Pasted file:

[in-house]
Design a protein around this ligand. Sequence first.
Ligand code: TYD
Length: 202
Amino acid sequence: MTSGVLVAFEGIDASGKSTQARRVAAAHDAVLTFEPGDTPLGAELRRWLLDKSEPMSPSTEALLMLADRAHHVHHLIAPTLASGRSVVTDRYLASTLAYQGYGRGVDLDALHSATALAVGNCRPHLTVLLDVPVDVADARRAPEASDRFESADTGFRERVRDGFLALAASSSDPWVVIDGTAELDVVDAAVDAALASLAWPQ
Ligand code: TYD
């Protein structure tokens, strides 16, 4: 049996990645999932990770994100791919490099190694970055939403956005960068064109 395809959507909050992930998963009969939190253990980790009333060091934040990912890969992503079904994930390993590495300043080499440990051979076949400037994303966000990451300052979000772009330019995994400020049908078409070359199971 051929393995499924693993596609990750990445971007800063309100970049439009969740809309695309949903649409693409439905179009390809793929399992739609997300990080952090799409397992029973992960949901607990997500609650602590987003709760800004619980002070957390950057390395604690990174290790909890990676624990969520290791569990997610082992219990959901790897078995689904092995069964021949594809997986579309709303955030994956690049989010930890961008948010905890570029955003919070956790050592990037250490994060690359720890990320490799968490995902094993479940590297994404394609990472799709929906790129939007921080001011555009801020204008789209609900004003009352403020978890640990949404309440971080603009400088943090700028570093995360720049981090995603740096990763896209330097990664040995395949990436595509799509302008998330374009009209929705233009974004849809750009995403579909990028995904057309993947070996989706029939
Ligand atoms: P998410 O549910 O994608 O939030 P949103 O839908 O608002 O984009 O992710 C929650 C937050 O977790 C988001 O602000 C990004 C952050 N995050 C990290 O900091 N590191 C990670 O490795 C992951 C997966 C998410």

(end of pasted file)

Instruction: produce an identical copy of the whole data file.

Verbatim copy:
[in-house]
Design a protein around this ligand. Sequence first.
Ligand code: TYD
Length: 202
Amino acid sequence: MTSGVLVAFEGIDASGKSTQARRVAAAHDAVLTFEPGDTPLGAELRRWLLDKSEPMSPSTEALLMLADRAHHVHHLIAPTLASGRSVVTDRYLASTLAYQGYGRGVDLDALHSATALAVGNCRPHLTVLLDVPVDVADARRAPEASDRFESADTGFRERVRDGFLALAASSSDPWVVIDGTAELDVVDAAVDAALASLAWPQ
Ligand code: TYD
């Protein structure tokens, strides 16, 4: 049996990645999932990770994100791919490099190694970055939403956005960068064109 395809959507909050992930998963009969939190253990980790009333060091934040990912890969992503079904994930390993590495300043080499440990051979076949400037994303966000990451300052979000772009330019995994400020049908078409070359199971 051929393995499924693993596609990750990445971007800063309100970049439009969740809309695309949903649409693409439905179009390809793929399992739609997300990080952090799409397992029973992960949901607990997500609650602590987003709760800004619980002070957390950057390395604690990174290790909890990676624990969520290791569990997610082992219990959901790897078995689904092995069964021949594809997986579309709303955030994956690049989010930890961008948010905890570029955003919070956790050592990037250490994060690359720890990320490799968490995902094993479940590297994404394609990472799709929906790129939007921080001011555009801020204008789209609900004003009352403020978890640990949404309440971080603009400088943090700028570093995360720049981090995603740096990763896209330097990664040995395949990436595509799509302008998330374009009209929705233009974004849809750009995403579909990028995904057309993947070996989706029939
Ligand atoms: P998410 O549910 O994608 O939030 P949103 O839908 O608002 O984009 O992710 C929650 C937050 O977790 C988001 O602000 C990004 C952050 N995050 C990290 O900091 N590191 C990670 O490795 C992951 C997966 C998410």